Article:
Echoing decades of anecdotal evidence, a new study of about 2,000 cases of exoneration found that black people are extremely more likely to be wrongfully committed of a crime.
The study, by the National Registry of Exonerations, reviewed cases that happened over the last 30 years throughout the country and found that in addition to black people being wrongfully convicted, it took significantly longer for them to be exonerated than it did any other group, with black people having to wait an average of three years longer.
Samuel Gross, a law professor at the University of Michigan and senior editor of the Registry, said, “It’s no surprise that in this area, as in almost any other that has to do with criminal justice in the United States, race is the big factor.”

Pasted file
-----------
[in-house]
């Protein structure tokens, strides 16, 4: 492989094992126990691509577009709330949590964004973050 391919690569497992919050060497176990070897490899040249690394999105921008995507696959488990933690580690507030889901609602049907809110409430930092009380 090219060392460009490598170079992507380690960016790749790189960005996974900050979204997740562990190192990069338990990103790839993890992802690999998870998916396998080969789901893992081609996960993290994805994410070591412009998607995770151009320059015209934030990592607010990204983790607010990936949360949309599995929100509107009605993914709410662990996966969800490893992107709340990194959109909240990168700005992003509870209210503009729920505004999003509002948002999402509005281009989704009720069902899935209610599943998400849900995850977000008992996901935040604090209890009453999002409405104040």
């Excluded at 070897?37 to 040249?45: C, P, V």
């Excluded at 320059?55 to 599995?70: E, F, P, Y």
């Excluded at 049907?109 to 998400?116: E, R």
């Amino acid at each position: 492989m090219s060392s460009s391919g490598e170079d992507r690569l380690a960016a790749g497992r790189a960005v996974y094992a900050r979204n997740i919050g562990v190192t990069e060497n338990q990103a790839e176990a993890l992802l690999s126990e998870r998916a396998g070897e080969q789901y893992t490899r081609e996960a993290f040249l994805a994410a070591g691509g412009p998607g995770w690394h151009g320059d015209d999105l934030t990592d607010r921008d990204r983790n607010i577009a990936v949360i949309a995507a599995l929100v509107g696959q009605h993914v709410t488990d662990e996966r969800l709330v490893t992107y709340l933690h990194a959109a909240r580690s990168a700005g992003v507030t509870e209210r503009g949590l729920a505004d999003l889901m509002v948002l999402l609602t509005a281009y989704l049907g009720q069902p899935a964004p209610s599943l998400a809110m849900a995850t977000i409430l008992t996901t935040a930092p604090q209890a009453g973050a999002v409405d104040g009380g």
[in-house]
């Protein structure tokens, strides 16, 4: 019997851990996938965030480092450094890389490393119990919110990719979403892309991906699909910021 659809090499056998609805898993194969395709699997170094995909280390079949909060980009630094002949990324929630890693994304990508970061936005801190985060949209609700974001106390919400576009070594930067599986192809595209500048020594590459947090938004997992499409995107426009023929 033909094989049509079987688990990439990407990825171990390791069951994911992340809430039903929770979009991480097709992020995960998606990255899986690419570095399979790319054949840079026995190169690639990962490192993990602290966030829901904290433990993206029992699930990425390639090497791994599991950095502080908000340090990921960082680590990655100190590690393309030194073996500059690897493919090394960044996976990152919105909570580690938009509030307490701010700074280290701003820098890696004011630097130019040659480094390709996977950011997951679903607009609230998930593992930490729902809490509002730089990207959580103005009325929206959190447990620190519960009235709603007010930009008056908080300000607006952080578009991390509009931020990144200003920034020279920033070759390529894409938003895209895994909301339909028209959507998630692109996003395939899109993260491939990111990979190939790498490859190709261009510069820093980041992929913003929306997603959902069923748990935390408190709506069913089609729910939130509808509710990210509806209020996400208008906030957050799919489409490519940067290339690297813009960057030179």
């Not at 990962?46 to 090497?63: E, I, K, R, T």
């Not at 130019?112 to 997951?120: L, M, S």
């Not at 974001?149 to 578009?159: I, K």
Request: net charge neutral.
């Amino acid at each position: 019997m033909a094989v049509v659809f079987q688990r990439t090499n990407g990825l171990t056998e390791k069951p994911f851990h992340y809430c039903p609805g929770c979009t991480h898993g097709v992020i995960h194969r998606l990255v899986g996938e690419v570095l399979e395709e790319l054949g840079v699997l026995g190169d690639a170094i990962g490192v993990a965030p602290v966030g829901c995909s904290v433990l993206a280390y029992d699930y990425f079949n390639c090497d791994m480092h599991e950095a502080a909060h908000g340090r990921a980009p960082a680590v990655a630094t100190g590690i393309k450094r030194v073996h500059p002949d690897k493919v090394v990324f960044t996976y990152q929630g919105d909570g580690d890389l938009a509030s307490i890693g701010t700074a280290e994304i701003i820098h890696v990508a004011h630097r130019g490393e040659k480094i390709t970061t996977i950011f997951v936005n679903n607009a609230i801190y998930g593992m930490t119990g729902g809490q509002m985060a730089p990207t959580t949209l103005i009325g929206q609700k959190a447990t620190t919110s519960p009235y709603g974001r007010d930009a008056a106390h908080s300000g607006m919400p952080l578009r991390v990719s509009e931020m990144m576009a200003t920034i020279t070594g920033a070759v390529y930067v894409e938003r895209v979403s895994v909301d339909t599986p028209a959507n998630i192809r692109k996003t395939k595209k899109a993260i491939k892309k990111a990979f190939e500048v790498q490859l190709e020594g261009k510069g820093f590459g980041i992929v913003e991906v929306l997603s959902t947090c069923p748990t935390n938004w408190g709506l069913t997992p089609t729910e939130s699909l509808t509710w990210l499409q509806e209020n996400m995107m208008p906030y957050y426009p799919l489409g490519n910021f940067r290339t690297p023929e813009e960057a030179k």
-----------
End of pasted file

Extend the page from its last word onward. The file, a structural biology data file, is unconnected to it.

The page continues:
The review focused on cases of murder, sexual assault and drug possession and sale—the most common crimes to be exonerated—and found 47 percent of those exonerated were black.
In cases of murder, 50 percent of those exonerated were black, 36 percent white and 12 percent Hispanic. Sexual assault exonerees were 60 percent black, 33 percent white and 6 percent Hispanic. In drug cases, 55 percent of those exonerated were black, 25 percent white and 18 percent Hispanic.
The research team found that the murder rate in the black community contributes to the number of wrongful convictions, but it doesn’t account for the entirety of the disparity. They posit that police misconduct and racial bias also play a definitive role.
The study’s authors say that part of the wrongful conviction rate is that white people have more trouble identifying black people and because of that may serve as poor eyewitnesses to a crime. The review found that that played a role in 79 percent of wrongfully convicted sexual assault cases against black people versus only 51 percent of cases against white people.